It has been said that success is frequently determined by the ability to adapt and respond to the speed of change. In years past this concept has been related to such things as technology, economics, demographics, and the political climate.In 2019, I, like many Americans, spent a great deal of time in the air, traveling between meetings. Those who travel regularly would agree that to succeed and stay on top of your game you must truly master the art of multitasking. In pre-COVID days, I would have virtual meetings timed to end within minutes of “wheels up” or start within minutes of “wheels down.” I have booked many Uber rides while multi-tasking or leading a meeting; it is scary to think about what is possible when you adapt.
Fast forward six months and the world around us is almost unrecognizable. Meetings are no longer held in airports while walking through TSA or ordering at Starbucks. We are now managing conference calls in pajamas while drowning out the sound of the dogs wrestling under foot, the kids homeschooling at the kitchen table, or the sound of the neighbor’s lawn service.
As we round the corner with the first half 2020 behind us, I think most would agree that this has been a year like no other. The COVID 19 pandemic has served as a global accelerant forcing the world around us to change faster than imaginable.
Rapid change can often cause a fight or flight response. We have all been subject to attempting to move forward a new idea or concept only to be met by the response “we have never done it that way before”, “that is not going to work” or “if they do that then I am looking for another job.” Resistance to change is a part of the human experience. We fear the unknown as we cling to what is most comfortable. I think most would agree that 2020 has forced ALL of us to adapt to change as we have had little to no control over the events. As leaders, it is important for us to have a strong footing to lead our organizations and teams through the times of great uncertainty. To do that, we must take a step back and look at what the common drivers to change resistance are: fear, insecurity, inequity, and a lack of trust.
We must acknowledge that the fear of change often originates from our past. The child who moved homes every year grows up to be the adult who has lived for 65 years in the same home, etc. The individual who drives the same way to work everyday for the past 15 years out of habit and then fears the change in their routine, etc. There is also the fear of the unknown which often leads to insecurity.
Insecurity in change is common as many ask the question, “How does this impact me?” We experience insecurity when there is a change in a policy, a new team member is hired, the organization changes leadership or ownership. Employees often experience insecurity when they have little to no control over change that is occurring around them.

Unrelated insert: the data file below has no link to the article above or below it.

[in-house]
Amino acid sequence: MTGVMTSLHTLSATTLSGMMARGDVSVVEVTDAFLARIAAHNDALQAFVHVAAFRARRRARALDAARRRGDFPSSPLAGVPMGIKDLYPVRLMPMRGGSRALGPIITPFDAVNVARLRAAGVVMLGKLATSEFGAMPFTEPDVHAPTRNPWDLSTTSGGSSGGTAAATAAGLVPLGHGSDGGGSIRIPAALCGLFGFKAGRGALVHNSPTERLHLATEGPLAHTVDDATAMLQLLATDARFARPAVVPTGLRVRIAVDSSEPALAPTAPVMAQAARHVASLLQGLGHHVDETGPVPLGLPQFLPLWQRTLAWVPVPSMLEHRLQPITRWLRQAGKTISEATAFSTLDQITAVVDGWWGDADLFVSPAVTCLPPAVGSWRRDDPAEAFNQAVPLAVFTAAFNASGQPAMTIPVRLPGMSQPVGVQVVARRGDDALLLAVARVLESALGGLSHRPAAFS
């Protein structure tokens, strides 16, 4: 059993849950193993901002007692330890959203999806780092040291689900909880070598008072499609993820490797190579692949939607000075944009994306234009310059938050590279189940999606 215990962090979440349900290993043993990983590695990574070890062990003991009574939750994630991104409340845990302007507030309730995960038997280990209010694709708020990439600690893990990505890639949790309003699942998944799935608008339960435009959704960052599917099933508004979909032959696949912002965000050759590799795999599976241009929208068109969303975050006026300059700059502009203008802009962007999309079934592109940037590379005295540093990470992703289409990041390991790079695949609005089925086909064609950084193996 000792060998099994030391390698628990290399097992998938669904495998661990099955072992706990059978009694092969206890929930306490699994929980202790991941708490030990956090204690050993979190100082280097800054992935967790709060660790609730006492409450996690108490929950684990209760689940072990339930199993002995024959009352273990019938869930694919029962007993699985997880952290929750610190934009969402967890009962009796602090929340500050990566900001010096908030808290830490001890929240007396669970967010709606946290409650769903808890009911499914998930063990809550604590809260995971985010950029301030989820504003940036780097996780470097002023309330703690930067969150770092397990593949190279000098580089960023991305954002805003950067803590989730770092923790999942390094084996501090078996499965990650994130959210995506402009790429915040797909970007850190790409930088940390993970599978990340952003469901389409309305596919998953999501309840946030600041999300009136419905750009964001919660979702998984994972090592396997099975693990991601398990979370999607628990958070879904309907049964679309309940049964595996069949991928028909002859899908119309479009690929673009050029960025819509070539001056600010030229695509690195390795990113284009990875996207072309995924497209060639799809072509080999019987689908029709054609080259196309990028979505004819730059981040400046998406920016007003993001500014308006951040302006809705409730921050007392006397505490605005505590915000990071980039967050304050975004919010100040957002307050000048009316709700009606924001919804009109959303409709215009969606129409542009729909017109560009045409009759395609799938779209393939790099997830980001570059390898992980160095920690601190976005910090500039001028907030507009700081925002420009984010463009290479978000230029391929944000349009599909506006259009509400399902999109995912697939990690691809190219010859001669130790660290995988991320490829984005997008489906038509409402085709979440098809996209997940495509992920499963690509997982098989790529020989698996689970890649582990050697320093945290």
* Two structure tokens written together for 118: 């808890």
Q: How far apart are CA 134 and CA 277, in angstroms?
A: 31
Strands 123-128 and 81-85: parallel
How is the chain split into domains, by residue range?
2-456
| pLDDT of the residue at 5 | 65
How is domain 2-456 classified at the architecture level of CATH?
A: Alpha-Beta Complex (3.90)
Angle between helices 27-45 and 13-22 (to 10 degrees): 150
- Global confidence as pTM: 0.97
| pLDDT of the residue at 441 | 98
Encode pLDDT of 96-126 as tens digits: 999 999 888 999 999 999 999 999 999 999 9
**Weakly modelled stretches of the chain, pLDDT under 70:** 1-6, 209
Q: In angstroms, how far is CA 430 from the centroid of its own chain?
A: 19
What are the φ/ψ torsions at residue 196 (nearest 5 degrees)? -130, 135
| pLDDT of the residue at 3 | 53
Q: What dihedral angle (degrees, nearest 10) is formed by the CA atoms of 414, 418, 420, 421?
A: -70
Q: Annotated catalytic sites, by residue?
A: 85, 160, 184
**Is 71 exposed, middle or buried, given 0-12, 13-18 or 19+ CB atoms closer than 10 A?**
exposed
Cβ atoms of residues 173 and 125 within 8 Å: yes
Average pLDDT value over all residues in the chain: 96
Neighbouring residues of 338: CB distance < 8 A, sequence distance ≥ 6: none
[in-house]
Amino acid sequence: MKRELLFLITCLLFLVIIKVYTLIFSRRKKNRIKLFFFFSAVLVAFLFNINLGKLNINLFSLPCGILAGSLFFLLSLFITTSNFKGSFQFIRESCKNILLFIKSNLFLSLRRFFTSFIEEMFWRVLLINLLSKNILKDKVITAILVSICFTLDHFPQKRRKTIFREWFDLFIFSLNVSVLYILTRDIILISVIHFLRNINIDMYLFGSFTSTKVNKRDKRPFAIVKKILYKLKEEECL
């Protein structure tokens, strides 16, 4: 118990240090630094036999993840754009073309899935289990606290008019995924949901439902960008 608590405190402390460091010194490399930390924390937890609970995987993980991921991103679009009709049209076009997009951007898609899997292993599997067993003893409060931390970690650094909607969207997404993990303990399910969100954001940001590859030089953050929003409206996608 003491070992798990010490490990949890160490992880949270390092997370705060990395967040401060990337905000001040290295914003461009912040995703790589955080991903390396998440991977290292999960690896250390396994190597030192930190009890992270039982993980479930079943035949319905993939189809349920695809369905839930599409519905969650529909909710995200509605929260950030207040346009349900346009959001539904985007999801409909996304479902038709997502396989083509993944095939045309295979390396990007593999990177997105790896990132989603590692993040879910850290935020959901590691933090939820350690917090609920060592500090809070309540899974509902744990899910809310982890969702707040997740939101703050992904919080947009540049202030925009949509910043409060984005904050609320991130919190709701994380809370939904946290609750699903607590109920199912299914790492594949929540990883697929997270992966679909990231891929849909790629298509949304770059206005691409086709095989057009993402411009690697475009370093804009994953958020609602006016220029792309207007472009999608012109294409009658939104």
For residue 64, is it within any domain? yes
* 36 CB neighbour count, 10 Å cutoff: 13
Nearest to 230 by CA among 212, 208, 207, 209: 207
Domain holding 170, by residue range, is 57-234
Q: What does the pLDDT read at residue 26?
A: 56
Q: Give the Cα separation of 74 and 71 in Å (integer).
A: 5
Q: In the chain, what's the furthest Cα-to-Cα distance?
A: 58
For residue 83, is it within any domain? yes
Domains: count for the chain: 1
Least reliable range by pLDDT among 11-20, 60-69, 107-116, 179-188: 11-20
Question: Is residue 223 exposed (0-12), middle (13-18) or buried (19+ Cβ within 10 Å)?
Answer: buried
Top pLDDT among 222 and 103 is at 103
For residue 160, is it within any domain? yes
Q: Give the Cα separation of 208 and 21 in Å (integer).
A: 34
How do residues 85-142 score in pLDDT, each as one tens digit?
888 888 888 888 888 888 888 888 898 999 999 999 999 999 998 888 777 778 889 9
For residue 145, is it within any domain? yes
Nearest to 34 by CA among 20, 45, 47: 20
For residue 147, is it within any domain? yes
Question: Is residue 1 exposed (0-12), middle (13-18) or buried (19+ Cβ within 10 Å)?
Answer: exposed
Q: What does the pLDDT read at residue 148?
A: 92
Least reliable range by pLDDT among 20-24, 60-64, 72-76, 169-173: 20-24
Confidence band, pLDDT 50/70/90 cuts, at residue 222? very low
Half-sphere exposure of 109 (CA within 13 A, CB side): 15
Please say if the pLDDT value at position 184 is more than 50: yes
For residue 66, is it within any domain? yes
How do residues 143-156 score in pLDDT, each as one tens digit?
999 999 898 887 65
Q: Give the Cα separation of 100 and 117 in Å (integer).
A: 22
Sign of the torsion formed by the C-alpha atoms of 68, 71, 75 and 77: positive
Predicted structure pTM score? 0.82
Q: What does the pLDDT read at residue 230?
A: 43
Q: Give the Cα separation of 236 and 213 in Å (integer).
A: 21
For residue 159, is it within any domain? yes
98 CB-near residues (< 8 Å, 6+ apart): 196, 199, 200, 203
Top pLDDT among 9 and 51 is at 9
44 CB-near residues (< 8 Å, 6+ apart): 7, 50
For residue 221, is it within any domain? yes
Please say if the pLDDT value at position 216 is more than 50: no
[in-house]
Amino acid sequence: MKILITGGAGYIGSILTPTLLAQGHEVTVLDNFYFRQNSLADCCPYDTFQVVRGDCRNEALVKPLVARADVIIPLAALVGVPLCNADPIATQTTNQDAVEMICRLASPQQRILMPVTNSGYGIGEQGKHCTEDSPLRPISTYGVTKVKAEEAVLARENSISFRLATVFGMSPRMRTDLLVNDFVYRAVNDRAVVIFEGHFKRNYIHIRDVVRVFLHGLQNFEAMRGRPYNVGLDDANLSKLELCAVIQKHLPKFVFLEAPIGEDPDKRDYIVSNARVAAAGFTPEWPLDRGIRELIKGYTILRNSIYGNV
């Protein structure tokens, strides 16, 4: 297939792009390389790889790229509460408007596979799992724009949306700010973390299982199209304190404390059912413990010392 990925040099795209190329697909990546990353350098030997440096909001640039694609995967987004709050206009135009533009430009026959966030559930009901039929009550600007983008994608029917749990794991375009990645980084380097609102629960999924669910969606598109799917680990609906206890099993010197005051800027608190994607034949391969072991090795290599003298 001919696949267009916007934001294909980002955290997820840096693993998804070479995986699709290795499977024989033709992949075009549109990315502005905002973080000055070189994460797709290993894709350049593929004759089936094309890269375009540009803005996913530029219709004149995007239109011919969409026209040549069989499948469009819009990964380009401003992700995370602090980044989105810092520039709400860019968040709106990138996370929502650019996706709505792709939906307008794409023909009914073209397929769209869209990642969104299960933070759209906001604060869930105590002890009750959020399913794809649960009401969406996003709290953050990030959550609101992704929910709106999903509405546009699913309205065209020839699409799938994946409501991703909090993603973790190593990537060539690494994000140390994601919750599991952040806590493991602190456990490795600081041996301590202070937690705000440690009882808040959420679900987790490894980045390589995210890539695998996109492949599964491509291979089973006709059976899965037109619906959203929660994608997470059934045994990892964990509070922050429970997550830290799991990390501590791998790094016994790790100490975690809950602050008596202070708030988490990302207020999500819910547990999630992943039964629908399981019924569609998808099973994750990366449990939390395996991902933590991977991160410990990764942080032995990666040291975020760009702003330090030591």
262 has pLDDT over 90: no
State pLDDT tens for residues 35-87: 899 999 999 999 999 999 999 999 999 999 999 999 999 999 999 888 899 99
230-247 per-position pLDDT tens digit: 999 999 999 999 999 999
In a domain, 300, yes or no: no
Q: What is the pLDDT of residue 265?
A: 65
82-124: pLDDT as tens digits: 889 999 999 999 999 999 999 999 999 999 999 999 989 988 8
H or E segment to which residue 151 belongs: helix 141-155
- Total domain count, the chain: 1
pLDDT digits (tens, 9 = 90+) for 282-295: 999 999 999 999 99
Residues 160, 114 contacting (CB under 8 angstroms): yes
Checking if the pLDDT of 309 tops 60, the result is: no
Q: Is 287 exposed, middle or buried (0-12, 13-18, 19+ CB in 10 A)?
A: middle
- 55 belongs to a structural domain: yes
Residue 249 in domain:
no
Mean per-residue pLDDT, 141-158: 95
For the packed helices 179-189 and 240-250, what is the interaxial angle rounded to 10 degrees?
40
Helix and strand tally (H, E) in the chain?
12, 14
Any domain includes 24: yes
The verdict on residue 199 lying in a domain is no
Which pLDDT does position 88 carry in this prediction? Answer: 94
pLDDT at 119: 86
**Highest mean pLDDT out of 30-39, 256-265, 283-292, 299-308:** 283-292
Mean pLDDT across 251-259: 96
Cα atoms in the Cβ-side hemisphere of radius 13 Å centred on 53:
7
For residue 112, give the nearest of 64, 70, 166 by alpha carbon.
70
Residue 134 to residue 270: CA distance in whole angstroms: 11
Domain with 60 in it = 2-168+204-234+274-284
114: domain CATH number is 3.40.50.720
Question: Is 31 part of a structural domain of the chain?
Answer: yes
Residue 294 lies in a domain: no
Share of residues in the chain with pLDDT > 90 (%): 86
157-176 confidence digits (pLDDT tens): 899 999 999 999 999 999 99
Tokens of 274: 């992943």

Many people experience a feeling of inequity in times of change due to change impacting them differently than those around them. Often individuals experiencing change that is not systemic question, “Why me, why my department, why now?”
I have a friend whose company made the decision to relocate his department from a place that was only 10 minutes from his home to another location 30 minutes from his home while the 3 other departments remained in the former building. My friend experienced this feeling of inequity as he now has added 40 minutes of commuting to his day while his co-workers did not.
Lack of trust
Change can often result in a lack of trust when not accompanied by adequate communication. Organizations that implement change without clear communication cause employees to feel undervalued and unappreciated. While not all change is avoidable or planned, it is important for leaders to have a communication plan that addresses the basics of who, what, where, why, and when
For those in leadership, we hold a great responsibility in helping set the table for change within our organization. There is truth in the statement that “it is not always the strongest nor the most intelligent who succeed, but the one most responsive to change” (Charles Darwin). However, it is the leaders who are accountable for supporting the change management.
Dr. Elsbeth Johnson in her June 13, 2017 Harvard Business Review article titled How to Communicate Clearly During Organizational Change shares that there are four basic questions that leaders must communicate the answers to during times of significant change:
- Why do we need to change, and why now?
- What is the full extent of the change we need?
- If we figure out 1 and 2, what should improve as a result? How will we measure the improvement we’ve been targeting?
- How does this new strategy or change link to previous strategies?
When we think about the change that is occurring around us it is important that we lead by example, communicate, and help support our teams to success.
A leader does not always have to have a clear view of the horizon; but good communication, encouragement, accountability, and role modeling will help overcome the feelings of fear, insecurity, inequity, and a lack of trust.
Chris Morrissette, COO of Palliative Care
TCN LEADERSHIP IMMERSION
October 5-7, 2020
Program Launch: January 21-22, 2021
An organizational model that allows not-for-profit hospices (Members) to leverage best practices, achieve economies of scale and collaborate in ways that better prepare each agency to participate in emerging alternative payment models and advance their charitable missions.
Johnson, Elsbeth, June 2017: https://hbr.org/2017/06/how-to-communicate-clearly-during-organizational-change
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